Brief history of the Korean War

Civilians crawl over a shattered bridge in Pyongyan to escape the advance of Chinese troops China's entry into the war caused further upheaval

On 15 October, on Wake Island in the Pacific, General MacArthur and President Truman met to discuss the future of the war.

MacArthur reportedly told Truman that he was confident of early success in the North Korean offensive, and that he no longer feared Chinese intervention.

Just 10 days later, the Chinese army, which had been secretly massing at the border, made its first attack on the allies. In the days that followed, the allies' headquarters received intelligence that Chinese forces were hidden in the North Korean mountains, but this was disregarded.

The Chinese troops withdrew, and the allies interpreted these initial skirmishes as simply defensive. Undeterred, General MacArthur ordered a bold offensive on 24 November to push right up to the Yalu River, which marked the border between North Korea and north-east China.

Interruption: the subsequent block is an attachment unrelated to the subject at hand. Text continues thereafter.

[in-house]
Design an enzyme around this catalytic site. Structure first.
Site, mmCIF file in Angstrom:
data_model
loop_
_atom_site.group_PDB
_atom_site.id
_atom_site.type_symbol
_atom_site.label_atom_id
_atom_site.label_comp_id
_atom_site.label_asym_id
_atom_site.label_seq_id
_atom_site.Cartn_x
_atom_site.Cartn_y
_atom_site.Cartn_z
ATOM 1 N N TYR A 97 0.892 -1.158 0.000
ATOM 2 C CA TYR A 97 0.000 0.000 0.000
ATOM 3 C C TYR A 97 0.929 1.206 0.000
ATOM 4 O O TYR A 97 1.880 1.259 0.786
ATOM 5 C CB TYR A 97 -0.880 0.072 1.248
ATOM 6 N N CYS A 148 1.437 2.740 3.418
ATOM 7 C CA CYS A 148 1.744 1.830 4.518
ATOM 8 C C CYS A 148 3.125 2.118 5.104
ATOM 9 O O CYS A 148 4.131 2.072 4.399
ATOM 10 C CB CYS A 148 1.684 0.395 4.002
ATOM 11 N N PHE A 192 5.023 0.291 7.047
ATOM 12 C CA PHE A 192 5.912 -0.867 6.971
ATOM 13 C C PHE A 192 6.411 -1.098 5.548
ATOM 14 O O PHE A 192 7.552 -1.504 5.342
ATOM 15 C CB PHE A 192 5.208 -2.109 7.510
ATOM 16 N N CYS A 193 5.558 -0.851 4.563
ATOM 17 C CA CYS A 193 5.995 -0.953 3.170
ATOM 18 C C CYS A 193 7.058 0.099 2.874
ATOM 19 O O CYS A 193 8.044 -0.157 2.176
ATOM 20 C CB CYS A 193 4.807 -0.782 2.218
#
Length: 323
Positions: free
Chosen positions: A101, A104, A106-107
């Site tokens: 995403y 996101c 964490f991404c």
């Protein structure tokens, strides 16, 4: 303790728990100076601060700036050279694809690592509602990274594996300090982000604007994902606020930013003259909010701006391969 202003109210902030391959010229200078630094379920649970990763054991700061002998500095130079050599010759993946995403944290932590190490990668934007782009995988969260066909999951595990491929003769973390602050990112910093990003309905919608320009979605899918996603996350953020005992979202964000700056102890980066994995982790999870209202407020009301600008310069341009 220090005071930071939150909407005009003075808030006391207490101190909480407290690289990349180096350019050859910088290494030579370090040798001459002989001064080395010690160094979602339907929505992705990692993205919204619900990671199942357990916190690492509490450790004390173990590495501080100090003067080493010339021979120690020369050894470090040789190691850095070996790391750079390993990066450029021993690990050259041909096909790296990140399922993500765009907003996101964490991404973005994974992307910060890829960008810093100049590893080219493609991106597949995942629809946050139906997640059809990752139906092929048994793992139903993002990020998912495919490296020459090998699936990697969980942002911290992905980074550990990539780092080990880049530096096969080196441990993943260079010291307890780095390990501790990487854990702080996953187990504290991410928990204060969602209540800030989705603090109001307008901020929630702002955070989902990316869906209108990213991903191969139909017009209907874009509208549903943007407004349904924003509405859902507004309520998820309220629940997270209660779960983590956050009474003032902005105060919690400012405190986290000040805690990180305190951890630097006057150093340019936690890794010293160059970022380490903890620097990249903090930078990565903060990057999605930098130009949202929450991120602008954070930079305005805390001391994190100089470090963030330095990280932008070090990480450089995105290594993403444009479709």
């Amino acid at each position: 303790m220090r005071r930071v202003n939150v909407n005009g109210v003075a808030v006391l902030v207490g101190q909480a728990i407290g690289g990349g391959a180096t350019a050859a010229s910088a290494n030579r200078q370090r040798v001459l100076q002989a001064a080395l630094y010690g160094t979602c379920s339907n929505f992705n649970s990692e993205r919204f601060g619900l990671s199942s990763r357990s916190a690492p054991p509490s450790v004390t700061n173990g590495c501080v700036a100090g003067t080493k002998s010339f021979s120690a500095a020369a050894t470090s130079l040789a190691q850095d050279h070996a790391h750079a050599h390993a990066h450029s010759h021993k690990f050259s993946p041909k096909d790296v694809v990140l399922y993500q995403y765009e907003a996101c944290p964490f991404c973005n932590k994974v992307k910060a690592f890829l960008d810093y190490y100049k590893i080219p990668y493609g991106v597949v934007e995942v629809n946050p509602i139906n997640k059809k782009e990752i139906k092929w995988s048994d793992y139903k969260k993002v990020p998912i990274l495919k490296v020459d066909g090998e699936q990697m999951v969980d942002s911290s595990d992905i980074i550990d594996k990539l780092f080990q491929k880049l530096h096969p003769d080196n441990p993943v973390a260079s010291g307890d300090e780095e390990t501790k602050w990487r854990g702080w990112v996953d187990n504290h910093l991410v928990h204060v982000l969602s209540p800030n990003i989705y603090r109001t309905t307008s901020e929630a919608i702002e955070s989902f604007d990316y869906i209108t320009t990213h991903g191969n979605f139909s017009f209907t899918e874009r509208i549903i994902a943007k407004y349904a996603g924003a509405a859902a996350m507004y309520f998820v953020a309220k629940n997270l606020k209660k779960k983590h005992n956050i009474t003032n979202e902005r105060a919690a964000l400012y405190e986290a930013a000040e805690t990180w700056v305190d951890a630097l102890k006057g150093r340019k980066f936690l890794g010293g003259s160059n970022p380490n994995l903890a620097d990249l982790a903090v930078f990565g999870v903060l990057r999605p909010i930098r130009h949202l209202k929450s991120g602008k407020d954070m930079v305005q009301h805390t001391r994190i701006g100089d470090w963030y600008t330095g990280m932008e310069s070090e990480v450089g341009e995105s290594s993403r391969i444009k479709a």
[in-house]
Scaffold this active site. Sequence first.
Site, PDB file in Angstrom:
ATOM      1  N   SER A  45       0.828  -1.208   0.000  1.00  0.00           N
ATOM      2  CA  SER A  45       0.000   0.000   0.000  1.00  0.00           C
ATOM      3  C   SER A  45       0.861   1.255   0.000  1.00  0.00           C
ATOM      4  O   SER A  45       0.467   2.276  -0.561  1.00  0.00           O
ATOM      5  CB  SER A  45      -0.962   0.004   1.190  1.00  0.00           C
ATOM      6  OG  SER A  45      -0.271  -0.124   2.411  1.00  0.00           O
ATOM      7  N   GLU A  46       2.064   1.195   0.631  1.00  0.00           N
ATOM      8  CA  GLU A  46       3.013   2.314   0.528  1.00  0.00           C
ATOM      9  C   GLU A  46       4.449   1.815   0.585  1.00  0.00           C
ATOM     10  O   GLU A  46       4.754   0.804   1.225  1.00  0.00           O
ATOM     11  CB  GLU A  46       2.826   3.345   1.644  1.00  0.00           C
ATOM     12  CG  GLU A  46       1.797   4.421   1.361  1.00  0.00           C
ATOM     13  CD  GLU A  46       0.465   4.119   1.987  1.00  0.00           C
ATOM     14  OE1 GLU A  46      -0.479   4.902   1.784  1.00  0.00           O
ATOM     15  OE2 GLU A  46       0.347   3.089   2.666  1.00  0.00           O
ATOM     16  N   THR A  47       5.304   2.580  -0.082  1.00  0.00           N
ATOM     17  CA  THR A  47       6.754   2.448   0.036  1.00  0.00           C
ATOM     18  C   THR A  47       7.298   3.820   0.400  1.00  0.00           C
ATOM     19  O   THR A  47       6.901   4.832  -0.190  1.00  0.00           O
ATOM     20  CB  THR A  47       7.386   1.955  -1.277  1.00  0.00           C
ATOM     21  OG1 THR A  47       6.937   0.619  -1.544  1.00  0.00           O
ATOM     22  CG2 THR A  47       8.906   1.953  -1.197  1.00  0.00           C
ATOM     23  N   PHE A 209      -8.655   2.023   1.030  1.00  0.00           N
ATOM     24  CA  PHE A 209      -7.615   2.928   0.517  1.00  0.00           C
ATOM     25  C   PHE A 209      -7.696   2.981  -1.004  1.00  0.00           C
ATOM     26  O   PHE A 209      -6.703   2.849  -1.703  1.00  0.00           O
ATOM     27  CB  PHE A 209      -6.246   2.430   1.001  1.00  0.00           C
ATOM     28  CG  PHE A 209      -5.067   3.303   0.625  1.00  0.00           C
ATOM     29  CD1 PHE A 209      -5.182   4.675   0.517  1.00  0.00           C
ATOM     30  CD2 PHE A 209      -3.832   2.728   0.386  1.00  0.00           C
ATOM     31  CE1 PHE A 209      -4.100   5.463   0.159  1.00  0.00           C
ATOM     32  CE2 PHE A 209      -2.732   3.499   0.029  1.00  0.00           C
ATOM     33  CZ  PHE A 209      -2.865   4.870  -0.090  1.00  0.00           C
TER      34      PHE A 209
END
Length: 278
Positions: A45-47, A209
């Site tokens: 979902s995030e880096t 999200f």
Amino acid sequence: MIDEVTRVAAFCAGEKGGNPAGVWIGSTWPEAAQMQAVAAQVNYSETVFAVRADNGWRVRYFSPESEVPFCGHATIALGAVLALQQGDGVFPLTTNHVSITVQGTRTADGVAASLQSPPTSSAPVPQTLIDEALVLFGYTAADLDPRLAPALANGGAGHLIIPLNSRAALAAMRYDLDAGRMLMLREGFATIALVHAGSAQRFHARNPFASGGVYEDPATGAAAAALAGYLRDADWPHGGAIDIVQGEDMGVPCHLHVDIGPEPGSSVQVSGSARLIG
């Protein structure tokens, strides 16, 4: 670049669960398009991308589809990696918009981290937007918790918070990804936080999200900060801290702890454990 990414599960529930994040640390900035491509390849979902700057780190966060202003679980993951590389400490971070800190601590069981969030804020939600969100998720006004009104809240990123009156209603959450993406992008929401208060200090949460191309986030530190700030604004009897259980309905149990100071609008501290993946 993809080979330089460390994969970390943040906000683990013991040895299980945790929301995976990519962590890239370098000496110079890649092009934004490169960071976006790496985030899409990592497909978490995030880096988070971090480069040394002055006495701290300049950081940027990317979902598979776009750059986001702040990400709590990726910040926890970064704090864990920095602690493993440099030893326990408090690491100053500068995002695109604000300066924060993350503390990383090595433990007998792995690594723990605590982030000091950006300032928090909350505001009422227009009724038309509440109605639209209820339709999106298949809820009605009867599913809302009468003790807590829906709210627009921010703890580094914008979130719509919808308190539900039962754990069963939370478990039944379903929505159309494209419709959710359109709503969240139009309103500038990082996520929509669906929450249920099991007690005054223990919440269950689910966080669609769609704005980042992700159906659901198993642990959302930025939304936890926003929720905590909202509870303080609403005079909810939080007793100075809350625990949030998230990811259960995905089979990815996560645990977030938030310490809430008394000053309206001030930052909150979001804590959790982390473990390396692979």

Map showing control of Korea in January 1951

He optimistically hoped this would finish the war and allow the troops "home by Christmas". But it was instead to mark yet another turning point in the conflict. The next day, about 180,000 Chinese "volunteers" attacked.

A shocked MacArthur told Washington: "We face an entirely new war."

He ordered a long and humiliating retreat - performed in sub-zero temperatures - which took the troops below the 38th parallel by the end of December.

As Chinese troops unleashed a renewed offensive, the allies were forced to withdraw south of Seoul in January 1951. Here, in the relatively open terrain of South Korea, the UN troops were better able to defend themselves. After a few more months of fighting, the front eventually stabilised in the area of the 38th parallel.

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